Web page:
Conversation with Jason Bay

There are all kinds of reasons to root for Jason Bay. First, he's a heck of a nice guy. Articulate and gracious, talking baseball with him was an absolute pleasure. Second, he's an excellent baseball player. He's got an approach at the plate more befitting a grizzled veteran, an approach that is the model for today's young hitters. Third, he's got an appreciation for fine comedy. And lastly, he grew up in the home of a Red Sox Fan.

As if there was any doubt, Red Sox nation extends even to Trail, British Columbia. We also covered the health of his wrist, what it's like breaking in as a 22nd round pick, and the type of music his girlfriend enjoys. I hope this conversation reads as enjoyably as it was conducted.

How is the wrist feeling?

It's fine. You know the 1st week, it's so hard to get back into baseball shape but now there's no problem.

Is it back to 100 percent?

I don't want to say 100 percent but it's real close. It doesn't bother me. I just don't think it's 100 percent though, probably high 90s.

How tough an injury was it to come back from?

The hardest part was sitting around. I had 3 weeks in a cast and there's not much you can do. I just sat around. After I got the cast off I had a lot of rehab. It didn't take long, I just had to get the mobility back in my wrist and so once I got the mobility back it was fine. It wasn't that tough, just sitting the 3 weeks before that was the toughest part.

What are some of the differences you've noticed among the different minor league systems you've been in regarding their approaches to hitting?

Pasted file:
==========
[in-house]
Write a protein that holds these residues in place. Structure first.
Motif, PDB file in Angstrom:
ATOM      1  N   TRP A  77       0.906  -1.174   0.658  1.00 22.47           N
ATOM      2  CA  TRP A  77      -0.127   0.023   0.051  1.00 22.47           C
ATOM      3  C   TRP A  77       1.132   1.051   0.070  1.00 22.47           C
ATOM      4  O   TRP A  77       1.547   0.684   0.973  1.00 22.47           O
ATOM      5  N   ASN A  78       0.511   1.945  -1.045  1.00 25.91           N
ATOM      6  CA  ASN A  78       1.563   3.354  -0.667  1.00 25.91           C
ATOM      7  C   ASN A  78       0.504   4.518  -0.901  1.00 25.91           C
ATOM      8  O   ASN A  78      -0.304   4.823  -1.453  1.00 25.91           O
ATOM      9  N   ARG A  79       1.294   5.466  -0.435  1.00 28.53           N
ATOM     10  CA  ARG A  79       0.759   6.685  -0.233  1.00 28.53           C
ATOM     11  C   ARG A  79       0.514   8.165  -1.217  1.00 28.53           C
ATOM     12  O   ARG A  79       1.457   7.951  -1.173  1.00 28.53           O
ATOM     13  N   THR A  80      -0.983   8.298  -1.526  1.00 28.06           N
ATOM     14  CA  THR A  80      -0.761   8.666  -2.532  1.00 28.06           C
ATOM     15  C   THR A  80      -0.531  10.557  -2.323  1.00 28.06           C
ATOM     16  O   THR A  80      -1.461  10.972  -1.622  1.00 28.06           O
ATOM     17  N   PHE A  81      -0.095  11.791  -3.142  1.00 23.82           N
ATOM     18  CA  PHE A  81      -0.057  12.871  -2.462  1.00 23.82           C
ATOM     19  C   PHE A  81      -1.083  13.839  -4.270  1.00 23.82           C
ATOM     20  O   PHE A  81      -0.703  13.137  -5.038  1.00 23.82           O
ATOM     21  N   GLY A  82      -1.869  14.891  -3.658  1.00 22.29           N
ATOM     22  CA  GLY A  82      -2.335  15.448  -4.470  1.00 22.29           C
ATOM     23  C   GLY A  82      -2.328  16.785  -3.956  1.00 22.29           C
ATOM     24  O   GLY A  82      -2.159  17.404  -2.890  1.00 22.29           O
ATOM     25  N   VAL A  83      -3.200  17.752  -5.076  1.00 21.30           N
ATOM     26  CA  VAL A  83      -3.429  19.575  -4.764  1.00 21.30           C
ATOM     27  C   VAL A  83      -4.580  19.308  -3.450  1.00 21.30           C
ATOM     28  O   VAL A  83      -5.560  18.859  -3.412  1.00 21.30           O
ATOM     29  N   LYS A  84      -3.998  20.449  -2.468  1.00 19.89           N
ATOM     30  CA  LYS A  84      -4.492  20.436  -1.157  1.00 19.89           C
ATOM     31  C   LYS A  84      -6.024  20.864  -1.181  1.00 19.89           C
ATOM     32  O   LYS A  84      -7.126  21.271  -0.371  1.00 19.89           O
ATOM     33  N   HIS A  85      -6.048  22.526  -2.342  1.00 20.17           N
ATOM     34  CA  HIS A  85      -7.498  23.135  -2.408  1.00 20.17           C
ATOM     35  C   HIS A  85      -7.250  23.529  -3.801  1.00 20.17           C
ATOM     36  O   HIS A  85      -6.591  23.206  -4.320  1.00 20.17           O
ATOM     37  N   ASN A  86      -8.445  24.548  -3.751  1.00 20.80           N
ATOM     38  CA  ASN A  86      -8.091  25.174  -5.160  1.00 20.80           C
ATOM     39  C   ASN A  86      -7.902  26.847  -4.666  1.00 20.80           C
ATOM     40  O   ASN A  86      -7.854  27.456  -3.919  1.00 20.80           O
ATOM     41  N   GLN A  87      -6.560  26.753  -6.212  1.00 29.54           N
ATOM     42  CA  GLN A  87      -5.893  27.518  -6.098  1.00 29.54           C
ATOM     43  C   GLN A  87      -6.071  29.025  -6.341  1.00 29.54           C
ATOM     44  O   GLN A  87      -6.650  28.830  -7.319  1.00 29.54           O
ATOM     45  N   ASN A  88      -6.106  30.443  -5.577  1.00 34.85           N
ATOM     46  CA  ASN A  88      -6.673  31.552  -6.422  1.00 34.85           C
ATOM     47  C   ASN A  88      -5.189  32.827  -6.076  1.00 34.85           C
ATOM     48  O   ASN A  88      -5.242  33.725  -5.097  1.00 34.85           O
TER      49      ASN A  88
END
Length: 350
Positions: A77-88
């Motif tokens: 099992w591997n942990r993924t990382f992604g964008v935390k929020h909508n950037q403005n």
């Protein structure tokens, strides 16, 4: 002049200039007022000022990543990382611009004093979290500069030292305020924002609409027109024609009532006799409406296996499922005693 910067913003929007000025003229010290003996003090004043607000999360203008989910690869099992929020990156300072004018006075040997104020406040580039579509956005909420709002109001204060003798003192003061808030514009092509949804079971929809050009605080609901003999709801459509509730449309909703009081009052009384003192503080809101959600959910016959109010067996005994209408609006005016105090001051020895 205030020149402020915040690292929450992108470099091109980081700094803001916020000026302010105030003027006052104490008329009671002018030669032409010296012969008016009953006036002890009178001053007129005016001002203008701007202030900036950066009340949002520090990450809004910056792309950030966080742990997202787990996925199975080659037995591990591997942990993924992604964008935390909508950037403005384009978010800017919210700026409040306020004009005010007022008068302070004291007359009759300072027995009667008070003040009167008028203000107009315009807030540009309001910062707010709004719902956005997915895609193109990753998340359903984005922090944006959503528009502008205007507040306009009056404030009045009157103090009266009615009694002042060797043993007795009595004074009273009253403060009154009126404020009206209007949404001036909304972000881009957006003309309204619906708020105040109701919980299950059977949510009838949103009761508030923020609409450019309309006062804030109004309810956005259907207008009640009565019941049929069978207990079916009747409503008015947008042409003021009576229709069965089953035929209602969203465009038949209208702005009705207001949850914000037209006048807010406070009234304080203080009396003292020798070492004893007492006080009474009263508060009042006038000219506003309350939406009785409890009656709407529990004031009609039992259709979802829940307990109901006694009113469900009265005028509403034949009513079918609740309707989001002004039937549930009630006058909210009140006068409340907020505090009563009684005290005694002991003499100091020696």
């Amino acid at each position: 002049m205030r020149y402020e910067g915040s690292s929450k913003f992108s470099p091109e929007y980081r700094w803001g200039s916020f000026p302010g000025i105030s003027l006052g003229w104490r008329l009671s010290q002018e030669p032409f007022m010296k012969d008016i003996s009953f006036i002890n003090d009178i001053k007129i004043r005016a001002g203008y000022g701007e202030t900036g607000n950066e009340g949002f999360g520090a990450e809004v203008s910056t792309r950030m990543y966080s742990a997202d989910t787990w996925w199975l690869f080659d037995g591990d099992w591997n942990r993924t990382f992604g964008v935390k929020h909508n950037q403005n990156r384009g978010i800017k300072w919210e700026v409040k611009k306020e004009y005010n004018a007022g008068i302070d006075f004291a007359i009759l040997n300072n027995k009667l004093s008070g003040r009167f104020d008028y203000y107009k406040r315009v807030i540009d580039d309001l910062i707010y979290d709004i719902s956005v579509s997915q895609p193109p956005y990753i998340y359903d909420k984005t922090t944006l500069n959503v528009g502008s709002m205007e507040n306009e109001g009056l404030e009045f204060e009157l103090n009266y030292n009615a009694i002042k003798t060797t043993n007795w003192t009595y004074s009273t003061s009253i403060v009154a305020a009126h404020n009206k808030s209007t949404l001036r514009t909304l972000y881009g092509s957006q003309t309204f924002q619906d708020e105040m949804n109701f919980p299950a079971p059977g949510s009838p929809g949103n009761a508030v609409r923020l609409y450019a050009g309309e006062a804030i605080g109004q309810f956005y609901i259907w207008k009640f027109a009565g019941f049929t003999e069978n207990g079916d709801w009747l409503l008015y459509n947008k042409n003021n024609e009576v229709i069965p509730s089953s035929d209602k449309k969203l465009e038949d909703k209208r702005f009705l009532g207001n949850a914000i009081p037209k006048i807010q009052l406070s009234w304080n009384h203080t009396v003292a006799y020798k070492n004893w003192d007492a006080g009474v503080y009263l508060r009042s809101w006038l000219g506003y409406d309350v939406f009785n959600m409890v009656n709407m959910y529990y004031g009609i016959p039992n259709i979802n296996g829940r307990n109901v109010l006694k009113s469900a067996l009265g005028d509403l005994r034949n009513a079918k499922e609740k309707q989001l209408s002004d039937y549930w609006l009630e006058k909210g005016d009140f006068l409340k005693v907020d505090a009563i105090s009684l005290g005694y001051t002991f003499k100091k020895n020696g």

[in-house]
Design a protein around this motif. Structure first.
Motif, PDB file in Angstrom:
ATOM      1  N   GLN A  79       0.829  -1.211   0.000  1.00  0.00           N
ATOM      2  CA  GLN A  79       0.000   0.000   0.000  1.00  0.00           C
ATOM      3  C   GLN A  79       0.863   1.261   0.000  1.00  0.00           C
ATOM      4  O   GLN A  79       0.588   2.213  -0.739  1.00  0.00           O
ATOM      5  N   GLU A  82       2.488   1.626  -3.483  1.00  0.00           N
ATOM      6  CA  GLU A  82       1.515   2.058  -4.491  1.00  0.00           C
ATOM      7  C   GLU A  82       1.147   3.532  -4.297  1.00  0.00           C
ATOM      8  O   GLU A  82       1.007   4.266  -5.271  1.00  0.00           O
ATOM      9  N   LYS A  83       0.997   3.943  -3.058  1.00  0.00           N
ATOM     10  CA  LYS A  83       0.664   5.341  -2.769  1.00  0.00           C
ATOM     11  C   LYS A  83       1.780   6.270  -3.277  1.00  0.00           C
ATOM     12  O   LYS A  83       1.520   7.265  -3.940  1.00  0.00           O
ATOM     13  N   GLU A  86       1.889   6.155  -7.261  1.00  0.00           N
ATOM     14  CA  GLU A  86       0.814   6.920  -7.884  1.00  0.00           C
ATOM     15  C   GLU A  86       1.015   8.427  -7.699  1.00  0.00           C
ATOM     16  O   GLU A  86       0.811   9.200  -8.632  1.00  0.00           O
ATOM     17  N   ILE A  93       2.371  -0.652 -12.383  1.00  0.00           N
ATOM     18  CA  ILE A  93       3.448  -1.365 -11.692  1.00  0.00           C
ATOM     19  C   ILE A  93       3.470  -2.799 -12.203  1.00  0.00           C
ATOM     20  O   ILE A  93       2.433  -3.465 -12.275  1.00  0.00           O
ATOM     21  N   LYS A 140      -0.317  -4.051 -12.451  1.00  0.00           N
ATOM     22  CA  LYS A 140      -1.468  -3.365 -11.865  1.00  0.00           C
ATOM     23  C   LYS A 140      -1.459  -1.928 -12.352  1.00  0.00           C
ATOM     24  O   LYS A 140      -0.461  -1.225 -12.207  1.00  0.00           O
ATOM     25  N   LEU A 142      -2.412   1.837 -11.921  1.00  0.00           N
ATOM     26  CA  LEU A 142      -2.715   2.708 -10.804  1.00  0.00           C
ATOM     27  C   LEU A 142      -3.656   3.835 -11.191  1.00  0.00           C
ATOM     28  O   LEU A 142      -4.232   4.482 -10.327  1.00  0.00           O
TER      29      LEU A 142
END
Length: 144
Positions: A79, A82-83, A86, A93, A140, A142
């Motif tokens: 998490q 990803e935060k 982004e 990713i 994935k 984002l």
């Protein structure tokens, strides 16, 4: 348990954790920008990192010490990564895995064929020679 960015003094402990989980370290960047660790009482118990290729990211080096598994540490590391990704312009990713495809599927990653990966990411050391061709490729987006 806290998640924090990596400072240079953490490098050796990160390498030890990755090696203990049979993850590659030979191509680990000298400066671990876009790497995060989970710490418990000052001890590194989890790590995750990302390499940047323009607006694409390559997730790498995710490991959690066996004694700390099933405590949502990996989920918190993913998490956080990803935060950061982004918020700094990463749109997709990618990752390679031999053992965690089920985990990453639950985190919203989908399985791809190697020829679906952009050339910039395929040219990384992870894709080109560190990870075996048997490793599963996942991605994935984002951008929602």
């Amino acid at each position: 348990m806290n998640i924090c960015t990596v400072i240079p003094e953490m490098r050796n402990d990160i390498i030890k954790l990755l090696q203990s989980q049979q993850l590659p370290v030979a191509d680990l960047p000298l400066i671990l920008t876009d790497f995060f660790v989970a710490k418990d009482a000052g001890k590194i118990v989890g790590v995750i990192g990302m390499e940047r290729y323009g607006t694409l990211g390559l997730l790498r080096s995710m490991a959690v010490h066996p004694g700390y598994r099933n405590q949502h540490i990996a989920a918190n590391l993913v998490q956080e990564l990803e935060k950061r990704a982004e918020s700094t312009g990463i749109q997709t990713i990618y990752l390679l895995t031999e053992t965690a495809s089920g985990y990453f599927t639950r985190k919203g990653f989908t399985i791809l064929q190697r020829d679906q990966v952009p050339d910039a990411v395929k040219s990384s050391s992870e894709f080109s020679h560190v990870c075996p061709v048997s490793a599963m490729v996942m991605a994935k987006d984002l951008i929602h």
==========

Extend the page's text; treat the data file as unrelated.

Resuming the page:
In SD, (the coaches) kind of have their own style. The Expos and the Mets, they kind of had a, not totally, but a little bit of a set system where they wanted guys to do certain things. You come over to the Padres, especially if you come over in a trade or if you weren't drafted by them, and everyone has their own approach. (The SD coaches) just work with you, see what you've got and work off that instead of trying to, I don't want to say make you a robot, but making you do it their way rather than let you do it your way. Here, they might just tinker with you here and there.

You're an extremely patient hitter, how would you describe your approach at the plate?

If I get a good pitch to hit early in the count, in the right situation, I'll definitely get after it. But if it's a guy I haven't seen before, if it's early and there's nobody on, I might take a few pitches just to see what he's got and try to get the count in my favor where I can maybe get a good fastball to hit. That's something I've been trying to do a lot more this year, try and be more patient and draw some more walks, see some pitches and get comfortable hitting with 2 strikes.

Growing up in Trail, British Colombia, were you thinking of becoming a Major Leaguer, or did you want to skate for the Canadians?

When you're growing up in Trail BC, you're thinking hockey and that's what everyone does when you're young. I did it and after a while, when I was 10, 11, 12 years old I decided I didn't like it. My dad was a big baseball fan, really for no reason; he just liked to watch baseball. He was a big Red Sox fan…

How do you become a Red Sox fan in British Columbia?